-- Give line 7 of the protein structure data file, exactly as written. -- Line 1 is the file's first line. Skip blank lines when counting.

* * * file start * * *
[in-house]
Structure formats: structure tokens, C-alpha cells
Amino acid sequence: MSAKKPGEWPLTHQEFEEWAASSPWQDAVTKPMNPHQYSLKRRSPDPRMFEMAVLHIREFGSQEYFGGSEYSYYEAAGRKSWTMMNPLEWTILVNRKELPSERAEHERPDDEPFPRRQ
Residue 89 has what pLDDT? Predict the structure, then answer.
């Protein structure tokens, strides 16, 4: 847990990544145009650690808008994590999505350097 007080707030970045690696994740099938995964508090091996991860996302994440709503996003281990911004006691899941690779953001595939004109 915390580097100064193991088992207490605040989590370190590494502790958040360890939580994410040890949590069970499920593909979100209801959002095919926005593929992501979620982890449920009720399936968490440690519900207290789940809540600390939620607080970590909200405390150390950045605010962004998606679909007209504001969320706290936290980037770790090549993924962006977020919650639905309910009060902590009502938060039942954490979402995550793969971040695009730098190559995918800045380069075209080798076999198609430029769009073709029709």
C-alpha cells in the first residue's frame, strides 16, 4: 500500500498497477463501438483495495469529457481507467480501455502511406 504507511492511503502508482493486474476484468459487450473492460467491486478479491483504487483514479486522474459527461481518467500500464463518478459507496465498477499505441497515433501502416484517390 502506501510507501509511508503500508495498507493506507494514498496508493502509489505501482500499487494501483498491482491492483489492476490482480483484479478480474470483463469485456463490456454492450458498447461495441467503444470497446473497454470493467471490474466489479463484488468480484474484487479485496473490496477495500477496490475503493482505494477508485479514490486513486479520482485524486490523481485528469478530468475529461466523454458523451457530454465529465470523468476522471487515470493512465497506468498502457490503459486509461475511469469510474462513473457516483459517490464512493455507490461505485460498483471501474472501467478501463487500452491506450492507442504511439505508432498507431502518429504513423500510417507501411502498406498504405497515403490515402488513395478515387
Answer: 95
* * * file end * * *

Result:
Answer: 95